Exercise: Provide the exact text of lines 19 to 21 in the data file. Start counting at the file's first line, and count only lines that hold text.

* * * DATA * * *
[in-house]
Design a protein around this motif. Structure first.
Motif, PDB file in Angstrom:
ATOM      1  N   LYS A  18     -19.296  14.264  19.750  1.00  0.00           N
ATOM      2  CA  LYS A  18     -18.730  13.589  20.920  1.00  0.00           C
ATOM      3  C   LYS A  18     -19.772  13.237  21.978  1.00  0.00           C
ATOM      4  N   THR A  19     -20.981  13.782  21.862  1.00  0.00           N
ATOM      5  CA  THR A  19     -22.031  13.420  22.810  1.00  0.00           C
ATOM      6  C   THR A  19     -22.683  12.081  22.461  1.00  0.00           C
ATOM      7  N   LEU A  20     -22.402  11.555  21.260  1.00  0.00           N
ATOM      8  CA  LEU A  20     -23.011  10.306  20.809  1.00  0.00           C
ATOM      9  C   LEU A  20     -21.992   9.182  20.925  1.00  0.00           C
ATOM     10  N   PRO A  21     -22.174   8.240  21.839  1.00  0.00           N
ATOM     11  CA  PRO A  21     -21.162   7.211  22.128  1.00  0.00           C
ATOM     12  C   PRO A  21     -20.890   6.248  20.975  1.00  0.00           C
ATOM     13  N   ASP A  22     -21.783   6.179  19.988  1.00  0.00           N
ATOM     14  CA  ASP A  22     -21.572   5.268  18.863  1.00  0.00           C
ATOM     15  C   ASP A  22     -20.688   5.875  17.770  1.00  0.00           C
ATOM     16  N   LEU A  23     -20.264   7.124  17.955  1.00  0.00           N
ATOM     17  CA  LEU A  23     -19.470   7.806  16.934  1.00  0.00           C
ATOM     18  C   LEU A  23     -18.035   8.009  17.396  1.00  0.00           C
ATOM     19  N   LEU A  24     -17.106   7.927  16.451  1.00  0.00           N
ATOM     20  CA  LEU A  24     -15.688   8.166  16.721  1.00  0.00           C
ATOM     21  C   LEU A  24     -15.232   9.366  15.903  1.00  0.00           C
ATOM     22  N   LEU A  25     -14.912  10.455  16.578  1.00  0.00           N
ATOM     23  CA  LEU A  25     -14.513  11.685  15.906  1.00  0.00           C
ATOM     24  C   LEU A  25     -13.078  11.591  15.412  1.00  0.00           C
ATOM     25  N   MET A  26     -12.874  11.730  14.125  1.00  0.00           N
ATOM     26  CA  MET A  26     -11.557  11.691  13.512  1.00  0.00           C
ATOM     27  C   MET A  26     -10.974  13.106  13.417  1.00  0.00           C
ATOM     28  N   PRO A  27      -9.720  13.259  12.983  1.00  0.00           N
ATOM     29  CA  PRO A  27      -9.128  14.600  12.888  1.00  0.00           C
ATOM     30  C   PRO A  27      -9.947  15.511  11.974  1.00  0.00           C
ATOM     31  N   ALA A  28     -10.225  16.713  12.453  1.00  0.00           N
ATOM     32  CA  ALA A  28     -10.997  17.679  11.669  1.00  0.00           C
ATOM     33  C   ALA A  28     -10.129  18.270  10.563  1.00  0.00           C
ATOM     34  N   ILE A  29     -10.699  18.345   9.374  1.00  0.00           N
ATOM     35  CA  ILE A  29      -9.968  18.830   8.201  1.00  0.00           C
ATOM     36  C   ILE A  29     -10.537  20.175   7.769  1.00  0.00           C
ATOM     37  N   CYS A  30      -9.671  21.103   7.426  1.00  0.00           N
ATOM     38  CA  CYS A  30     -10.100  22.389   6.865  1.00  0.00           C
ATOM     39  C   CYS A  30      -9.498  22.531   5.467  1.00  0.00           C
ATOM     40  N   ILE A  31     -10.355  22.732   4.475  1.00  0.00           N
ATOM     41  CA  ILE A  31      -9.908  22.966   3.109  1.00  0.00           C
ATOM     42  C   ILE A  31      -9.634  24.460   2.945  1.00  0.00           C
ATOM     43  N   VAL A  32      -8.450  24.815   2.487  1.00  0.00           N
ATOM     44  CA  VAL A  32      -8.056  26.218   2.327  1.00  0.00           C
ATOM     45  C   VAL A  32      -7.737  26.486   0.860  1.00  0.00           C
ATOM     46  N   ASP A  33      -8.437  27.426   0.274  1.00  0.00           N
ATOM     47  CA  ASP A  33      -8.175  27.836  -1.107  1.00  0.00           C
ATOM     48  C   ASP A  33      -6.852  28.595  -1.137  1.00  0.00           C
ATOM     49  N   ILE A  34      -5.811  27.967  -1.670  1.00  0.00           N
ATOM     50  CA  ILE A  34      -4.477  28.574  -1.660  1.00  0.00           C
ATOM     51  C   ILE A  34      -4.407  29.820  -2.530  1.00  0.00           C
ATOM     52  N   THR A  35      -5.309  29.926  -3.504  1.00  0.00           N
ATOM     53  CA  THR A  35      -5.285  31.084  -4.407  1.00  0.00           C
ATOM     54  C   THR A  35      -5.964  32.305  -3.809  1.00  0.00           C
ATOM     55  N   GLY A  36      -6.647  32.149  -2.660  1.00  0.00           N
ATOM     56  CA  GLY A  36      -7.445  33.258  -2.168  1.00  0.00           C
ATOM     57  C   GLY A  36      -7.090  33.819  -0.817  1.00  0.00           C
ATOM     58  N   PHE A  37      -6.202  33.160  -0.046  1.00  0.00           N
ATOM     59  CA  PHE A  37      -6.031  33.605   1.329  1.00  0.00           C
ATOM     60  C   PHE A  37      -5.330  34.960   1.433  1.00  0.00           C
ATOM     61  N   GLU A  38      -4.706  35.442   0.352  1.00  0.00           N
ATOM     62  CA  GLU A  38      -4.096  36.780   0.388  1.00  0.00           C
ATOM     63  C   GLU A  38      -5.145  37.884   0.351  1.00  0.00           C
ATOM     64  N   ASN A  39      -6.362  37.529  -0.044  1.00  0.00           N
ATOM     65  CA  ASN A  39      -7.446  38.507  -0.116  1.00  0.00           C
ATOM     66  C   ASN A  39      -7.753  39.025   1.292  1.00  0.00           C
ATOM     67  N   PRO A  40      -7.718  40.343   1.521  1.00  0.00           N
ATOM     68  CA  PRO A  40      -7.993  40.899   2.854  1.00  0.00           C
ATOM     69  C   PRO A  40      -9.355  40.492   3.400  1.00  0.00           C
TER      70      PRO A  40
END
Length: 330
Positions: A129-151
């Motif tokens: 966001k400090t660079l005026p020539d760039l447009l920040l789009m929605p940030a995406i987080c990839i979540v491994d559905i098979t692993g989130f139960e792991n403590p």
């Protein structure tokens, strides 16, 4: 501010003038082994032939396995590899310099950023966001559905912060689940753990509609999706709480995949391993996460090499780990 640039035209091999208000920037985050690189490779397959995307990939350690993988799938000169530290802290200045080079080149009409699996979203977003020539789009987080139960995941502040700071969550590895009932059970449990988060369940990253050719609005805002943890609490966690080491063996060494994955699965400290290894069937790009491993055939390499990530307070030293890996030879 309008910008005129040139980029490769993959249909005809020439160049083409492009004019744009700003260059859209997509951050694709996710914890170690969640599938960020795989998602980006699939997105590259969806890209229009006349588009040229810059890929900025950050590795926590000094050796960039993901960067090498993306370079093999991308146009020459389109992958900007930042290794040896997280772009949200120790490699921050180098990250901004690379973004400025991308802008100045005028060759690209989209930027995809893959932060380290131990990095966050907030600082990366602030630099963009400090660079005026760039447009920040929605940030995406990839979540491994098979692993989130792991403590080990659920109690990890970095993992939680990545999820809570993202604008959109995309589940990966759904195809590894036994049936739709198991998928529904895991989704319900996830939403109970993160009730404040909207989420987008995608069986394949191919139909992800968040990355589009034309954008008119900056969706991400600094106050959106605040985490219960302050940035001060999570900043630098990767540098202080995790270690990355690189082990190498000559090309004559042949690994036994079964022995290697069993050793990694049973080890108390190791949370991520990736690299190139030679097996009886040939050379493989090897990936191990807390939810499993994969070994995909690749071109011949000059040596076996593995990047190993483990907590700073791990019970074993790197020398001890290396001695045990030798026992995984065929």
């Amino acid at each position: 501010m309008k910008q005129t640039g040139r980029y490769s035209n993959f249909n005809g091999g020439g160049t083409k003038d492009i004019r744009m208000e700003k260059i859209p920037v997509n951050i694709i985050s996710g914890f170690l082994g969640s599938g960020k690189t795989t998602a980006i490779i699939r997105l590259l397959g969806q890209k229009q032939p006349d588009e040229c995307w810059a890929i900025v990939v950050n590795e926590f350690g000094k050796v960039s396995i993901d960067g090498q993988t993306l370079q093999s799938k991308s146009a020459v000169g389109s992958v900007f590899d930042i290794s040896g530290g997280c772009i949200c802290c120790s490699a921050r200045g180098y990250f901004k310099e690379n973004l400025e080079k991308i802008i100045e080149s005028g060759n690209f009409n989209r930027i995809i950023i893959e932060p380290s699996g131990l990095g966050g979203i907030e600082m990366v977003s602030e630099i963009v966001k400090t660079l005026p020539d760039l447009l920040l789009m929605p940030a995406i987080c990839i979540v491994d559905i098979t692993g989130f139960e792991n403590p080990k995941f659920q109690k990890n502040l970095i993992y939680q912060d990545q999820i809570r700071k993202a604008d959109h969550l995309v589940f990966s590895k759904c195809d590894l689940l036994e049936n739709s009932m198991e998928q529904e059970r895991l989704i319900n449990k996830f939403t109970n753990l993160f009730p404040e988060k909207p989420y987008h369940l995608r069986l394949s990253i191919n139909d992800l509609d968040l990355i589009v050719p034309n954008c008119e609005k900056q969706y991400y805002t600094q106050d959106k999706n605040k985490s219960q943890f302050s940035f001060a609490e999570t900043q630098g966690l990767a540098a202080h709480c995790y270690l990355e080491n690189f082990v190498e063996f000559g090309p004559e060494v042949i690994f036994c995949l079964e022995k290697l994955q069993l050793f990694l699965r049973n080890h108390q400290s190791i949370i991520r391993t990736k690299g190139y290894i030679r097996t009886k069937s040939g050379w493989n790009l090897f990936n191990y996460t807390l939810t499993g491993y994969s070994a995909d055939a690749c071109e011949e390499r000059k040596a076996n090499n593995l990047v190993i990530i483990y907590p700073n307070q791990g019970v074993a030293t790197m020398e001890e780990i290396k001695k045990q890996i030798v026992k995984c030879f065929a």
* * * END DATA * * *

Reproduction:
ATOM     16  N   LEU A  23     -20.264   7.124  17.955  1.00  0.00           N
ATOM     17  CA  LEU A  23     -19.470   7.806  16.934  1.00  0.00           C
ATOM     18  C   LEU A  23     -18.035   8.009  17.396  1.00  0.00           C